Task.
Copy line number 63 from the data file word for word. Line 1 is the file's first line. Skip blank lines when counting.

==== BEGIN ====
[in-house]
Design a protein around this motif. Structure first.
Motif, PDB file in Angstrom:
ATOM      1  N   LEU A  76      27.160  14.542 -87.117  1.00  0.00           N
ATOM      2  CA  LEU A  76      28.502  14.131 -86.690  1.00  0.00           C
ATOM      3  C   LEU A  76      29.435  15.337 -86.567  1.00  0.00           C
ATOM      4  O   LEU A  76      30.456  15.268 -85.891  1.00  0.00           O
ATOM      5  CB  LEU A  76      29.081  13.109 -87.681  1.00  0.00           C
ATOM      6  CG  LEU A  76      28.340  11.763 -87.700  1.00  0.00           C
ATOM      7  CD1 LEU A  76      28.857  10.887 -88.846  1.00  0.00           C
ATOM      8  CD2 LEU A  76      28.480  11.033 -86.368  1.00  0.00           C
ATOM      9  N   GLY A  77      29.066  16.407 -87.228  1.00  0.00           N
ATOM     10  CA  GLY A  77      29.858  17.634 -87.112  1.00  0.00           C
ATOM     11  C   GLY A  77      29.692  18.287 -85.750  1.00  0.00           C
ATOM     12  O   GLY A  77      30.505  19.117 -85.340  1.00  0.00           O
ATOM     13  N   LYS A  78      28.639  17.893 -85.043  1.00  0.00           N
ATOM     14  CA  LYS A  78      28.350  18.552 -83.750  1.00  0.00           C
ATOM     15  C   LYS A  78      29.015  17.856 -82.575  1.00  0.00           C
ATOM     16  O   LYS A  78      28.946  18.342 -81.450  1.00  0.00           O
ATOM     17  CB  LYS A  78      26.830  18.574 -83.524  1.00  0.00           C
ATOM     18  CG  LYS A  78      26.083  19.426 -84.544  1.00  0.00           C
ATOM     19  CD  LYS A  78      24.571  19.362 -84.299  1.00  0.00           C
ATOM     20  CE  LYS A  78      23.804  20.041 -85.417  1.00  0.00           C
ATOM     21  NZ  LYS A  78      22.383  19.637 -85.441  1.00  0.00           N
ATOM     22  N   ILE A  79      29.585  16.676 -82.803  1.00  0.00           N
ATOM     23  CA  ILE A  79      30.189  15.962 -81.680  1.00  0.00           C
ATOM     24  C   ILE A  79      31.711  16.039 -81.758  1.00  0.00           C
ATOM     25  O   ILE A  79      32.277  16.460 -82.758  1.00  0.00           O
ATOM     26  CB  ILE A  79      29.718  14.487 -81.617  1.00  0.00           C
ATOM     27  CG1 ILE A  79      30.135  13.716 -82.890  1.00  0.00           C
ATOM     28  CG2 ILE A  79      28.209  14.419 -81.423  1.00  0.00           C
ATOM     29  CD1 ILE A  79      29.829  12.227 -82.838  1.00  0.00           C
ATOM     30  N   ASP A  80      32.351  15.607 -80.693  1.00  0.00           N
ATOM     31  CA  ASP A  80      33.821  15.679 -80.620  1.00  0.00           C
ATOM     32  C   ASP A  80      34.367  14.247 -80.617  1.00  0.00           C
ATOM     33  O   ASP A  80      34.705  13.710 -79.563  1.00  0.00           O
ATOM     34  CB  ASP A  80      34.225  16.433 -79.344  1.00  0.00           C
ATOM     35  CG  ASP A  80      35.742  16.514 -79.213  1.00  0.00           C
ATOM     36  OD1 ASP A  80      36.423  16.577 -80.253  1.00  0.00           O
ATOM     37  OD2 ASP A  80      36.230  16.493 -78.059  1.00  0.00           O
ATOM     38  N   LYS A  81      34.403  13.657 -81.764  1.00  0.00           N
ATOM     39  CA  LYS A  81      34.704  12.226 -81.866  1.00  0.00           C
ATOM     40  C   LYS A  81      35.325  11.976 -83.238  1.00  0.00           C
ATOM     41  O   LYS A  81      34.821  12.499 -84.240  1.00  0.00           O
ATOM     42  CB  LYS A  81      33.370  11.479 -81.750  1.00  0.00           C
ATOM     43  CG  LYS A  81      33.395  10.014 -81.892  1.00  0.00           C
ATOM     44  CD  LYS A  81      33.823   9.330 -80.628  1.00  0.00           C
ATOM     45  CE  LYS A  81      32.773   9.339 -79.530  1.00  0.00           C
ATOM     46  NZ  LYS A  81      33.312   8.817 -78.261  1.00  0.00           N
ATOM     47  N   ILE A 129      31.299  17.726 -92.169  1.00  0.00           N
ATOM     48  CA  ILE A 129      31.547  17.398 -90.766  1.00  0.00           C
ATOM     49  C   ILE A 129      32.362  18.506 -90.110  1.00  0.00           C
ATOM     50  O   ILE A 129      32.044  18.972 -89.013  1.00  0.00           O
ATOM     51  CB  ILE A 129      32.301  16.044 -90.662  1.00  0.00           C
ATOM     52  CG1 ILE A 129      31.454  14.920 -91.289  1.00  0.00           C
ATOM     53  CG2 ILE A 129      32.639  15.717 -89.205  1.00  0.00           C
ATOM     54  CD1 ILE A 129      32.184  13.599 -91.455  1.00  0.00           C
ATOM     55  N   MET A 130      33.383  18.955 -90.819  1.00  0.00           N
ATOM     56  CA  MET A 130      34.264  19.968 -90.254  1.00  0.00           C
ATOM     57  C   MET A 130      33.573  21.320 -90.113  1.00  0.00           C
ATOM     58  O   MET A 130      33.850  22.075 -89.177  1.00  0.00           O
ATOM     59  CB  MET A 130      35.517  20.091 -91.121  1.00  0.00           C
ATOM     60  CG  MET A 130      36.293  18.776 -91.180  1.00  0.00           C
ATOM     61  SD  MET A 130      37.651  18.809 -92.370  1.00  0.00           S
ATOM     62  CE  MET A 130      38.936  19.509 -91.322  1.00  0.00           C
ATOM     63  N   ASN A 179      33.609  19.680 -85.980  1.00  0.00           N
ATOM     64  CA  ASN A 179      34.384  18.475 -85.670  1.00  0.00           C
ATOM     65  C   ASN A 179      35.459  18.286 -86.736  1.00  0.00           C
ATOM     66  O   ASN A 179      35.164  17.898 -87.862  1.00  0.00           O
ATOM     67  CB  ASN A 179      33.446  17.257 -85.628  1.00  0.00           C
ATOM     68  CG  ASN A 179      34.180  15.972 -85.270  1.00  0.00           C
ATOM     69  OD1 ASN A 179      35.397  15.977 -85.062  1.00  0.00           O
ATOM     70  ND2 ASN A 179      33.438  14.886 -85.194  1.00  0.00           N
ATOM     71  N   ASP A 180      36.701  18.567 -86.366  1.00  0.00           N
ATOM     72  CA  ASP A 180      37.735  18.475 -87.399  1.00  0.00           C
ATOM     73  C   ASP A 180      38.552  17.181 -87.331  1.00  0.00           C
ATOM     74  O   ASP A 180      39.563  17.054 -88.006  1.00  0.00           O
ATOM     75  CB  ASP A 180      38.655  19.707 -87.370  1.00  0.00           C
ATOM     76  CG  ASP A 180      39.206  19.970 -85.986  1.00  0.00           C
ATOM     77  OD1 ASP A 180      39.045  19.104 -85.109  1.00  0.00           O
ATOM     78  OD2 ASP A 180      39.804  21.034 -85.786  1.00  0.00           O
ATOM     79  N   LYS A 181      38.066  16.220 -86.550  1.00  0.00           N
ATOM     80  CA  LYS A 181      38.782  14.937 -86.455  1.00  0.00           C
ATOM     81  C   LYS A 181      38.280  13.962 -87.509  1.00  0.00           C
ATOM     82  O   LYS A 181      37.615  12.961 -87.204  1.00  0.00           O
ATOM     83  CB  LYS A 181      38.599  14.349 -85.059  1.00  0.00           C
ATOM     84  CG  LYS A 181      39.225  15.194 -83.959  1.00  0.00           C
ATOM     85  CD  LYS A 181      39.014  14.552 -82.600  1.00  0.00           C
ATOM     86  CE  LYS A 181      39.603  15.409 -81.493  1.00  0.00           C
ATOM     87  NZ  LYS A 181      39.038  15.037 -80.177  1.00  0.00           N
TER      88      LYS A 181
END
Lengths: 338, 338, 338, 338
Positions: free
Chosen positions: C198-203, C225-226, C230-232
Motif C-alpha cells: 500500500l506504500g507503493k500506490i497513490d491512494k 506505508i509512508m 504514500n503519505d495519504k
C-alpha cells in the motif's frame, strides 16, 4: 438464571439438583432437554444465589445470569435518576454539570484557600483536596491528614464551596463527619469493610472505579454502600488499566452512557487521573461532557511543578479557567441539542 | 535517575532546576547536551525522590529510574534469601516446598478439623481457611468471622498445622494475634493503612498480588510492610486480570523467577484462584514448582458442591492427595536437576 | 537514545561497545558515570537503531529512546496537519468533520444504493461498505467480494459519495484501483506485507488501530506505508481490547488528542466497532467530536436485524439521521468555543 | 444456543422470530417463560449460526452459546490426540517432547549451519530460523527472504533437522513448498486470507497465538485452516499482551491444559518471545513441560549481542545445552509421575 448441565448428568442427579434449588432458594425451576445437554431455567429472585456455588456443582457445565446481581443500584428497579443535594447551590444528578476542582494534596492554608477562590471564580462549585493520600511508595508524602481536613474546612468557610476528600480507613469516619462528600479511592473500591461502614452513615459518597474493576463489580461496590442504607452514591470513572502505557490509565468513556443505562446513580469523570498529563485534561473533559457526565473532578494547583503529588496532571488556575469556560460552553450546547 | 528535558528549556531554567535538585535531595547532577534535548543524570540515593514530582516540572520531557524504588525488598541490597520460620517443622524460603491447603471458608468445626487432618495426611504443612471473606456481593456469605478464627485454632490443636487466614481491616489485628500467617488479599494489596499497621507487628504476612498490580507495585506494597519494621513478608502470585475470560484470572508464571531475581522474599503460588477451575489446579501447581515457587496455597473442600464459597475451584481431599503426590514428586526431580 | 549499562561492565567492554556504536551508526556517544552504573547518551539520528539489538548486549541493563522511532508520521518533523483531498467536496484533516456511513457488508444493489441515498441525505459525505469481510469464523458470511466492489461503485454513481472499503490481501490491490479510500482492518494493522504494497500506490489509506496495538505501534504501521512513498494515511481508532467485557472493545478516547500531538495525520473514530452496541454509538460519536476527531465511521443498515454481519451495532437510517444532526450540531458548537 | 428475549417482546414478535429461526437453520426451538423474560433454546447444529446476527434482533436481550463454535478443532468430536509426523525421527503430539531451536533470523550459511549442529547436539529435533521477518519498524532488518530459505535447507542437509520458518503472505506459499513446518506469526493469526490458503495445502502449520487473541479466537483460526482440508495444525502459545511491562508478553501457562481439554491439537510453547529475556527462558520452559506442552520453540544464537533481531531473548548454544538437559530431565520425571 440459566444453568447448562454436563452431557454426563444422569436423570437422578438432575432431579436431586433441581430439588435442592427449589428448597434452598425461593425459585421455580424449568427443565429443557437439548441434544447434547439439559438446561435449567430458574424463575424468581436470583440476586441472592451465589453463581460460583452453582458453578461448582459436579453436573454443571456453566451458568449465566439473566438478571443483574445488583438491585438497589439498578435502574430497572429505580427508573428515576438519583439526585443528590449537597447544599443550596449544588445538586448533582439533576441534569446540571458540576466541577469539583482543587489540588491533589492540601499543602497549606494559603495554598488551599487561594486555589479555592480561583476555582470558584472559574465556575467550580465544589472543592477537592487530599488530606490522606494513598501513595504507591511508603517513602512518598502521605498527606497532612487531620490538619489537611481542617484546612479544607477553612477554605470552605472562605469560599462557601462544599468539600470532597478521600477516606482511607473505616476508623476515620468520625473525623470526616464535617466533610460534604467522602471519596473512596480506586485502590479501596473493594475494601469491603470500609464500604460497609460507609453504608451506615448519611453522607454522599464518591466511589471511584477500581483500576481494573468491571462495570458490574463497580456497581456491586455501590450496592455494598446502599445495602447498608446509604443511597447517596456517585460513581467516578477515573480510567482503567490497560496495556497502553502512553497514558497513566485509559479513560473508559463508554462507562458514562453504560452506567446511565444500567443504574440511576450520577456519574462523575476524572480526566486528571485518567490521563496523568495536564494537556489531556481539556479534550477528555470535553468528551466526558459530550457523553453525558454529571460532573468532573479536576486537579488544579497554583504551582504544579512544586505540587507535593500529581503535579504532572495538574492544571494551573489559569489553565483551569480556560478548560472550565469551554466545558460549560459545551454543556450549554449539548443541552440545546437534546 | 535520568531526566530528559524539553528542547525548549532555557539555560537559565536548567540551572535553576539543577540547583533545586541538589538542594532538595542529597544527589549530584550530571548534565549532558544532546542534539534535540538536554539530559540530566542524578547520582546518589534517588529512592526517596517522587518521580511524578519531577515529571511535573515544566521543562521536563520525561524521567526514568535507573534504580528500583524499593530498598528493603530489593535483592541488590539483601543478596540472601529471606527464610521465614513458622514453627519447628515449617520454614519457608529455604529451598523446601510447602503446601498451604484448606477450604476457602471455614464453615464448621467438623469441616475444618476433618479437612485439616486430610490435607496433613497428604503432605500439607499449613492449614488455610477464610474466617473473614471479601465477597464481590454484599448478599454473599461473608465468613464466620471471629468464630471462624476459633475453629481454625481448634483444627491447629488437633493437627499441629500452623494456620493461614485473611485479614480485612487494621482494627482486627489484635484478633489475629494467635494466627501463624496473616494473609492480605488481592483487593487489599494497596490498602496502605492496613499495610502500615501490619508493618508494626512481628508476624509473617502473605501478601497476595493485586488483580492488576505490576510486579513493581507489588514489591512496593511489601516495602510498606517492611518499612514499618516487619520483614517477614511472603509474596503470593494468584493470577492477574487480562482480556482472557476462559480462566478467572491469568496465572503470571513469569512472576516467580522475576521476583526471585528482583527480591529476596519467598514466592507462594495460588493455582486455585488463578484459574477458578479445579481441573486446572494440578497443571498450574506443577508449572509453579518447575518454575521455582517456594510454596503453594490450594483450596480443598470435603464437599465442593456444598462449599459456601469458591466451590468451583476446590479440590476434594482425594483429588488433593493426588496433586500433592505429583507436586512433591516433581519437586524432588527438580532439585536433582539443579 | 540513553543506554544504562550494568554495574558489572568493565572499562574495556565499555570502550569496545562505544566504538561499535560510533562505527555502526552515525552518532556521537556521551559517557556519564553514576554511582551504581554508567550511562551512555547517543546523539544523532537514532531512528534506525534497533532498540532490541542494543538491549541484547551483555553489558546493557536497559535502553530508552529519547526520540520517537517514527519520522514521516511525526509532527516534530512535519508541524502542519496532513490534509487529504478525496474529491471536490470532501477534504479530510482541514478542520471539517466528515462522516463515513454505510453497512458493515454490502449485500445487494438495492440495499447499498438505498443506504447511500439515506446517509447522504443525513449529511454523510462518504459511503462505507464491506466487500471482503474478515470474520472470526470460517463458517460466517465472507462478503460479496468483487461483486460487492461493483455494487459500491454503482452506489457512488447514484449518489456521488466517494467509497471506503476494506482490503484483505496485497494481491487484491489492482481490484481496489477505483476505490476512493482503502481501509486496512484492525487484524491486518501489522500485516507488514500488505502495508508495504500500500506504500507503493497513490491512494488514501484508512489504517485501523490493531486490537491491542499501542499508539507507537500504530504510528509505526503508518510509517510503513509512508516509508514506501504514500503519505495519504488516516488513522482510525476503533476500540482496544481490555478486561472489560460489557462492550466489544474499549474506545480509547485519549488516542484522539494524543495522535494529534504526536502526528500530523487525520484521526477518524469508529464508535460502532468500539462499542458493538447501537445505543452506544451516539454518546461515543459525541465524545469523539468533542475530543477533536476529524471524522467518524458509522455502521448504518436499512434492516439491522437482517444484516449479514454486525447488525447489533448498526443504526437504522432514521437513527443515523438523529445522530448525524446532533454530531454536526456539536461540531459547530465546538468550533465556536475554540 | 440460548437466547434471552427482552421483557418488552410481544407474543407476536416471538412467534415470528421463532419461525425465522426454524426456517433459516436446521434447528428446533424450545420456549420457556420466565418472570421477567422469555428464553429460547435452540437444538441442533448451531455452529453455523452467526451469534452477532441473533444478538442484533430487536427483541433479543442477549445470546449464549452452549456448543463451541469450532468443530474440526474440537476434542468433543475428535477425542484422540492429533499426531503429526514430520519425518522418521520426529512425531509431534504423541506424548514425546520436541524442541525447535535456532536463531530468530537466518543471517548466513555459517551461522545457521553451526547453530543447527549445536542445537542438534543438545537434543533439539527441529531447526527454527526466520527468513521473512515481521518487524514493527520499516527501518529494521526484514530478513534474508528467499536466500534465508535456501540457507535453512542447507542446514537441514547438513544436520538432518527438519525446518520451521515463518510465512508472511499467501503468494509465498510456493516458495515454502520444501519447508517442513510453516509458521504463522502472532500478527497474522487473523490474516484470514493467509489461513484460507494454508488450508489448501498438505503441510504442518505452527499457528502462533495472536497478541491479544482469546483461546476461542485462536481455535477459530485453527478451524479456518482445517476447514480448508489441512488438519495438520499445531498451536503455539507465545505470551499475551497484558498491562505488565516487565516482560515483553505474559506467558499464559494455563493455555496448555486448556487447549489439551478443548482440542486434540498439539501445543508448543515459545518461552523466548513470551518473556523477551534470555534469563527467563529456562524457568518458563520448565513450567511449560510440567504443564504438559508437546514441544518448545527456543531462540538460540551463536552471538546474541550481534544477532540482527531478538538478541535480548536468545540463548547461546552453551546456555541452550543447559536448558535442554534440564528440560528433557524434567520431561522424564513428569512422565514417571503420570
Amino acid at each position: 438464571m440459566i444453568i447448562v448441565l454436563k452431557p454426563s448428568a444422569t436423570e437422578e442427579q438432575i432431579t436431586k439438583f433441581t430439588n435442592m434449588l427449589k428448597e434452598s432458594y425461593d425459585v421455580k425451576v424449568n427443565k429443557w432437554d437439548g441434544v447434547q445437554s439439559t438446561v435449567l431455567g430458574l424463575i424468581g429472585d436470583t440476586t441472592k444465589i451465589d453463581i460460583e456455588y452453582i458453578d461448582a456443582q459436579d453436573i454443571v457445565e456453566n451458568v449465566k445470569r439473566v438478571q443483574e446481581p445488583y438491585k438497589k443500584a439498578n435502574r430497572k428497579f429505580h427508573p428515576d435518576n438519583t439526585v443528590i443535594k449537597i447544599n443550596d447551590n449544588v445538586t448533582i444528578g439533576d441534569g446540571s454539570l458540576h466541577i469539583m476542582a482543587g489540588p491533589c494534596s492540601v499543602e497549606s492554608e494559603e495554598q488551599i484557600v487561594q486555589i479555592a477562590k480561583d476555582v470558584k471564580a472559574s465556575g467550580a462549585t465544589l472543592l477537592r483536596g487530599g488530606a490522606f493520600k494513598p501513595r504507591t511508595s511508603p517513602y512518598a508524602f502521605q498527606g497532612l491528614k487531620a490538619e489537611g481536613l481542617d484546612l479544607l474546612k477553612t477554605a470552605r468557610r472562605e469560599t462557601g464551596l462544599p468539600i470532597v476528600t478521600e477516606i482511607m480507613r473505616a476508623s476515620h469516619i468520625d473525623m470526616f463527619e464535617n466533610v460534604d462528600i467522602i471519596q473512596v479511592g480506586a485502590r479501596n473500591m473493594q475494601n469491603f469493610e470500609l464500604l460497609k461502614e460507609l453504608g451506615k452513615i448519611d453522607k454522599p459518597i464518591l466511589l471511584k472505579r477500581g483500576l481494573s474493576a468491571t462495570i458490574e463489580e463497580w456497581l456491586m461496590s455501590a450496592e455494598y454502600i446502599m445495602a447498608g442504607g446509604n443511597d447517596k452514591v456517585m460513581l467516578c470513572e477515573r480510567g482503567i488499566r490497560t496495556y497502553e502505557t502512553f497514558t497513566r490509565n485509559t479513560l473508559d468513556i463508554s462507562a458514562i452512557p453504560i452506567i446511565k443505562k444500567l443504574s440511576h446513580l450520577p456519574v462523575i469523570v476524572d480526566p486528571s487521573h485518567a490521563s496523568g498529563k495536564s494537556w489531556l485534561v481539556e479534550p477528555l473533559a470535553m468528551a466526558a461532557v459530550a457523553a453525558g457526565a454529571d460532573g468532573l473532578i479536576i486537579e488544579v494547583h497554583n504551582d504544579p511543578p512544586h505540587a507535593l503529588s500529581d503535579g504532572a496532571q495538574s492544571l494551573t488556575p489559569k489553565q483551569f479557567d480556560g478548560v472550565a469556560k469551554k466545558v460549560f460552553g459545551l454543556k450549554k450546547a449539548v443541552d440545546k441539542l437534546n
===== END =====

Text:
ATOM     60  CG  MET A 130      36.293  18.776 -91.180  1.00  0.00           C